The winding dirt road abandons the highway five miles south of town. But perhaps road is too grand a term for what meanders lazily into the otherwise untouched coastal forest. Maybe trail would be a better description. Alder and cedar boughs mesh in a green canopy that nearly blocks the sky and dapples the path with ever-changing pools of light and shadow. Sword fern and huckleberry peek between the denser foliage of salal and salmonberry bushes. Blackberry vines creep, almost invisibly along the verge.
Sparrows, warblers and robins; wrens, towhees and flickers flit through the greenwood, singing and calling to one another. Deer, silent and slender, step onto the path, ears alert as the canopy above them begins to tremble. They stand, frozen for a moment, then melt into the underbrush and disappear like wisps of smoke on a breeze.
A black bear lumbers onto the trail, head low, searching for grubs or mice, or the juicy berries so scarce in the shadow of the canopy. A draft drops from above and twists around his shoulders, tickles his ears and playfully ruffles his shaggy coat but he only lifts his burly head, sniffing the air, then continues his hunt, careless of the playful breeze.
The wind sweeps onward, tossing fallen leaves and small sticks aside in its forward rush.
Eventually the track opens onto a sundrenched meadow dotted with wildflowers and bordered by overgrown hydrangea and rhododendrons. Wild roses and brambles tangle together in impassable thickets where hummingbirds and bumblebees sip sweet nectar, and long-legged spiders spin silvery webs among the branches. Here the zephyr pauses, barely moving the leaves of the shrubs and only touching the delicate pink petals.
But it’s enough. A large black dog, lounging on the steps of a ramshackle cabin, raises his tousled head, ears perked. He knows this breeze, this gentle swish of leaves and branches. He struggles against stiff joints to raise himself as the wild rose blossoms begin to quake.
For a while he watches the yard, his eyes shining, waiting or the dancer he knows will soon arrive.
And suddenly, a gust of wind catches the rusty leaves of a cascara and flings them high in the air. They spin in a wild roll across the clearing and settle beside the steps for a moment. Birds, silenced by the coming gale, seek shelter low in the shrubbery. The old dog whines as the leaves are whipped into the air again and are joined by twigs and seed heads, swirling and looping around the meadow.
As the wind picks up, more and more leaves, faded petals and dandelion fluff enter the dance, swinging and curling through the alder and hydrangea. A shape begins to form in the blustery mass and now the old dog labors to his feet, tail fluttering. A shiver of anticipation runs the length of his unwashed back. He mmufs a welcome as he limps down the sloping wooden stairs onto the unmown grass and sits, ears erect, waiting.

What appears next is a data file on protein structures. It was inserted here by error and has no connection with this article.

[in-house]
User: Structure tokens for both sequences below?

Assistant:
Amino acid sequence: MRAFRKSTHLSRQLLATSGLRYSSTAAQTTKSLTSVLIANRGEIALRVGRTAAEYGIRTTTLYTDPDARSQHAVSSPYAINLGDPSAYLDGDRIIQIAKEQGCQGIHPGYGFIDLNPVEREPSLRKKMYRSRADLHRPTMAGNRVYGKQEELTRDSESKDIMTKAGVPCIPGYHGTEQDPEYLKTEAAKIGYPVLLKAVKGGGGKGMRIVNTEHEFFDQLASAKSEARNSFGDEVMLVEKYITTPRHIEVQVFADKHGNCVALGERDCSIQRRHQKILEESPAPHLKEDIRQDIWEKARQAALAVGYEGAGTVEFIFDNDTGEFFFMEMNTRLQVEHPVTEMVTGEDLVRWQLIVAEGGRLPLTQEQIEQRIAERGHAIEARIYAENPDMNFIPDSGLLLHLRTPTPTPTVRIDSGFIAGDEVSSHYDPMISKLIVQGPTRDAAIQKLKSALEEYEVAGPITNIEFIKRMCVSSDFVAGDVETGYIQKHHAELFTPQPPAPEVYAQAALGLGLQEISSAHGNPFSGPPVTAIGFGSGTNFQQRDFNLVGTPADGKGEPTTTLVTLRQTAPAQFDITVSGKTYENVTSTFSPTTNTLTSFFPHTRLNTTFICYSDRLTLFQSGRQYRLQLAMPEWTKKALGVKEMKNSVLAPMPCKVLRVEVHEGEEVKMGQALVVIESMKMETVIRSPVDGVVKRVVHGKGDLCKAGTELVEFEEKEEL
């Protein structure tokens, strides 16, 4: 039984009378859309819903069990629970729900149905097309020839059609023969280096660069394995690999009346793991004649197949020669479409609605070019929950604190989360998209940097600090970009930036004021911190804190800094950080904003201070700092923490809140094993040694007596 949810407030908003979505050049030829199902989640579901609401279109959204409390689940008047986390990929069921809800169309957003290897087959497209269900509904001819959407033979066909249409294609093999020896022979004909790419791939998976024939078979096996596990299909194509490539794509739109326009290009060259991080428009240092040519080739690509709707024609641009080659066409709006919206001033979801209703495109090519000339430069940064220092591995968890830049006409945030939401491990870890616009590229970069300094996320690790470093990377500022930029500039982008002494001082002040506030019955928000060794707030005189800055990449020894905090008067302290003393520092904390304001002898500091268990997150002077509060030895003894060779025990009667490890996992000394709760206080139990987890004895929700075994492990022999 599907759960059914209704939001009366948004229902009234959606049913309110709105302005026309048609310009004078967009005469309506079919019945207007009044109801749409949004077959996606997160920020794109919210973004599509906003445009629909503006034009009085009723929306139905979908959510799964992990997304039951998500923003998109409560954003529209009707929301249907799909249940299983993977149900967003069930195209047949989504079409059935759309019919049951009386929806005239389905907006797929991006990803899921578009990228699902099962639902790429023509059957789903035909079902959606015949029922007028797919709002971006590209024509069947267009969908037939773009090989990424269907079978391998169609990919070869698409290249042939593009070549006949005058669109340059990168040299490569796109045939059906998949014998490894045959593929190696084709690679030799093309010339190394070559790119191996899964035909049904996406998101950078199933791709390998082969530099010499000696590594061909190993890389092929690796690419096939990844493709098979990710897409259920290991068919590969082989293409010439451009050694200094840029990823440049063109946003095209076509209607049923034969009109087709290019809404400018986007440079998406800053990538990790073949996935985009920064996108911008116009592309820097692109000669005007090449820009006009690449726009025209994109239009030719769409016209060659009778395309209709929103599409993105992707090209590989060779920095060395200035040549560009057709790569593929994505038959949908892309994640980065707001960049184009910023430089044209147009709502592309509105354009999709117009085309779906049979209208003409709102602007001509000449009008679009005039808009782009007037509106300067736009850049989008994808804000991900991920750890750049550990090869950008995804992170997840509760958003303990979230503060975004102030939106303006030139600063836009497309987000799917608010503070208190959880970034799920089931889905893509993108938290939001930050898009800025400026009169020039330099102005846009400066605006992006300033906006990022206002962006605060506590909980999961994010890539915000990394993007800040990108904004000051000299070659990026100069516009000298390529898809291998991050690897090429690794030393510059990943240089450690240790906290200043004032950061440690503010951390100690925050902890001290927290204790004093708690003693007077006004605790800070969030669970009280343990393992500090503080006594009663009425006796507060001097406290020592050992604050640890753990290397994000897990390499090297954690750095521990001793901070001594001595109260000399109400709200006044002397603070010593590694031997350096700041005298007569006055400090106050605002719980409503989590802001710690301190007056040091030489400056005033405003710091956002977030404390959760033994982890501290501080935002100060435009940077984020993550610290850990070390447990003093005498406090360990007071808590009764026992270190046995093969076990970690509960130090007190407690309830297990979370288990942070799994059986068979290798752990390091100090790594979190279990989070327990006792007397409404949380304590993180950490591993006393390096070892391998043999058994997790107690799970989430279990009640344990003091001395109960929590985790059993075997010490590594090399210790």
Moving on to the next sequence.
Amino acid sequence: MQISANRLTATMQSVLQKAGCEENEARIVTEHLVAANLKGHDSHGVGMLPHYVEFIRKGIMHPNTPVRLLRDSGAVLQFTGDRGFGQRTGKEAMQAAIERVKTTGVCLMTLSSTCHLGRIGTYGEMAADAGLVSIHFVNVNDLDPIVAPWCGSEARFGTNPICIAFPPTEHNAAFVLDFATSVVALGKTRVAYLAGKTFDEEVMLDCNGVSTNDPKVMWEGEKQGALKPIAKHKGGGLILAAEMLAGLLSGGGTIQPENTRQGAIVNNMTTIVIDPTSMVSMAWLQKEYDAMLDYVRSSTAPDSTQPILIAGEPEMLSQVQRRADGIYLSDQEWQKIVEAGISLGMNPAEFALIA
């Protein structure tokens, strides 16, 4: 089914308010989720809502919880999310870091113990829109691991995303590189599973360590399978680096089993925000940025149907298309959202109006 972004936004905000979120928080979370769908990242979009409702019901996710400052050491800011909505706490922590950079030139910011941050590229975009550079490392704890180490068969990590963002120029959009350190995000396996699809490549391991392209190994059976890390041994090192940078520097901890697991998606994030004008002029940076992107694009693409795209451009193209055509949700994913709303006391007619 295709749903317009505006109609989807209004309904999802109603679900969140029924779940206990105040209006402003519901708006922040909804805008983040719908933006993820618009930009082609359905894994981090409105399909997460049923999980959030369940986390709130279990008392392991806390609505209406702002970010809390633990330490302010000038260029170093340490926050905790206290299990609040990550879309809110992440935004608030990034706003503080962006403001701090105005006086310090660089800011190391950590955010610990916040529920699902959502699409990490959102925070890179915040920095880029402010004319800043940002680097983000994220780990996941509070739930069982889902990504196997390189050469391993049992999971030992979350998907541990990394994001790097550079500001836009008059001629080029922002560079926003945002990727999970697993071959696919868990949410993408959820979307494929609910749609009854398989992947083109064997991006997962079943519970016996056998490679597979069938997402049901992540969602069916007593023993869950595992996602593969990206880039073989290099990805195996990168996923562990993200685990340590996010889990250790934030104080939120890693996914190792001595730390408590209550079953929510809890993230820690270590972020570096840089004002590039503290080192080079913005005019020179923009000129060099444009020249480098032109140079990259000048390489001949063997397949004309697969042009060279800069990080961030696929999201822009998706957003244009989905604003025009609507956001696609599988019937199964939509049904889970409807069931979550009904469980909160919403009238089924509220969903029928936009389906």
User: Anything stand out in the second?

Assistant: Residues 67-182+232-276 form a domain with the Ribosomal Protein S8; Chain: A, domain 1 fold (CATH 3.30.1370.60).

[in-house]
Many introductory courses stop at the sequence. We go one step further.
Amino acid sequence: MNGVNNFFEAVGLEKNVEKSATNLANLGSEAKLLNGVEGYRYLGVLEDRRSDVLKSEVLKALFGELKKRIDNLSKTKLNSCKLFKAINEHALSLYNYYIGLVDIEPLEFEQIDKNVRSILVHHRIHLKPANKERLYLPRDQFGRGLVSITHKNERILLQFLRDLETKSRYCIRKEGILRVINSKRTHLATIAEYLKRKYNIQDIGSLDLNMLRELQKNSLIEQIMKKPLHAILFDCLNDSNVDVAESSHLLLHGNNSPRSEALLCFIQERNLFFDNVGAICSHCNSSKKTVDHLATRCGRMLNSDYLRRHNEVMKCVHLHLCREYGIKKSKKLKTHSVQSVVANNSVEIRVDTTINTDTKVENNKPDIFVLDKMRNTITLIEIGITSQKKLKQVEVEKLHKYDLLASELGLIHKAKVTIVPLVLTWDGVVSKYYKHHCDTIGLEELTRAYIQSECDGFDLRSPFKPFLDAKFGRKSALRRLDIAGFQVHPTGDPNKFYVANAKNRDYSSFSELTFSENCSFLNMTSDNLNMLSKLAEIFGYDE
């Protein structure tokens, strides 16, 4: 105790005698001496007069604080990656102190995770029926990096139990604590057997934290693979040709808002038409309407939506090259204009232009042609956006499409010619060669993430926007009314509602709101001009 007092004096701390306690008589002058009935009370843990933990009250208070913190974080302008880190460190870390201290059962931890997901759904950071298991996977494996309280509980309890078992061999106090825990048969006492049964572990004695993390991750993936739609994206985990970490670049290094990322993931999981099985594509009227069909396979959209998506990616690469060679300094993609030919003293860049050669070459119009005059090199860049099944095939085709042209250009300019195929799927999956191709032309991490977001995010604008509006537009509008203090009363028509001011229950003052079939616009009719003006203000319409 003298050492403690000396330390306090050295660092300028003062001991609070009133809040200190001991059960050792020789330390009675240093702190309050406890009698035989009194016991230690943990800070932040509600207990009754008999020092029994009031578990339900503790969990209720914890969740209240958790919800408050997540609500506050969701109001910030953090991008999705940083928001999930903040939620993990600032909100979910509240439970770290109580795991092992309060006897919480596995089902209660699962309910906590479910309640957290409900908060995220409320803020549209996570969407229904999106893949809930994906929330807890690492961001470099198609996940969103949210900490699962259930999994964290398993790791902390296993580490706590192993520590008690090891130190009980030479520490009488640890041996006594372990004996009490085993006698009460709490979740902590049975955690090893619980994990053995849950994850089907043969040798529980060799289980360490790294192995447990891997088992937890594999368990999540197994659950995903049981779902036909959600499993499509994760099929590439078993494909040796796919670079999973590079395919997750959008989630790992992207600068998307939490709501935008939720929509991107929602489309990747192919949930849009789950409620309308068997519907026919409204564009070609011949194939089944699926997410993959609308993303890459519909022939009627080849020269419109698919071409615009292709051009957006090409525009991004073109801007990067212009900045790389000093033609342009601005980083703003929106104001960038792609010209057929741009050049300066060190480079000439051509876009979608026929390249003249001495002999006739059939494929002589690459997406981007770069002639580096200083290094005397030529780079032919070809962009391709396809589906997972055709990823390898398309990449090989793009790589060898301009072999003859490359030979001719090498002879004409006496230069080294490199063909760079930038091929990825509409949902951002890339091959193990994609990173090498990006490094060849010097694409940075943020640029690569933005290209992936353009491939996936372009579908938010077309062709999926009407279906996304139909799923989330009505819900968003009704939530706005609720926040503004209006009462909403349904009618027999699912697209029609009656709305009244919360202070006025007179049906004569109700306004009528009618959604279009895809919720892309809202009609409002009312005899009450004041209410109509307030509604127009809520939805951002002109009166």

More foliage and petals are drawn into the churning assemblage. It spires as a ball to the treetops and drops like a falcon toward the dog, stretching and wrapping around his neck in a boisterous caress then wheeling to the middle of the yard. The zephyr comes to rest there but its substance continues to twist and swirl, reshaping itself into the visage of a woman.
She smiles and reaches an airy hand toward the old dog. With a yelp of excitment, he bounds to her, yipping and leaping, his tail whipping back and forth. He presses against her, moaning low in his throat as she bends over him, pulling him close, nuzzling his neck and breathing silent words in his ear.
Then the zephyr whirls. She spirals through the shrubbery, tearing petals from their stems and ripping leaves to tatters. The old dog follows close behind, romping and gamboling, jumping when she rises and grabbing at sticks too large to carry. He crashes through clusters of ferns and groves of rhododendrons, unmindful of the white on his muzzle, the lumps on his hips or the pounding of his heart.
Soon enough the woman slows her wild chase and comes to rest on the meadow grass, leisurely shedding leaves and petals. The old dog splays out beside her, panting, his tail still thumping the ground, his heart still pounding in his white blazoned chest. The woman strokes his head and fondles his ear as his eyes gradually close. His tail becomes still, his heart gives a final flutter and the old dog’s breath stops.
The zephyr sighs, then soars straight into the air, makes a silent pass around the meadow, shedding all substance, and wafts back toward the black form on the unkept grass. As she nears the body a tentative breath rises to meet her. She hovers, waiting. It comes again and she embraces it, encourages it. She feels its wonder, its exhilaration and renewal, its joy.
Together the mistrals float upward, hardly disturbing the leaves of the alder or the drooping branches of the cedar with their passage. High into the heavenly vault the currents drift, while below, the birds resume their chatter, the doe and her fawn step carefully into the meadow, cautious of the strange black shape in the grass. And the bear, clumsy as ever, paws at a log beside the path, looking for grubs.
Although Linda Murray focuses on writing picture books and mid-grade chapter books, she occasionally ventures into the young adult fantasy/science fiction category. She has been involved with Writer’s Village University, off and on, for several years and credits the help and mentorship she has received there with the success of many of her projects.
Located in Canada.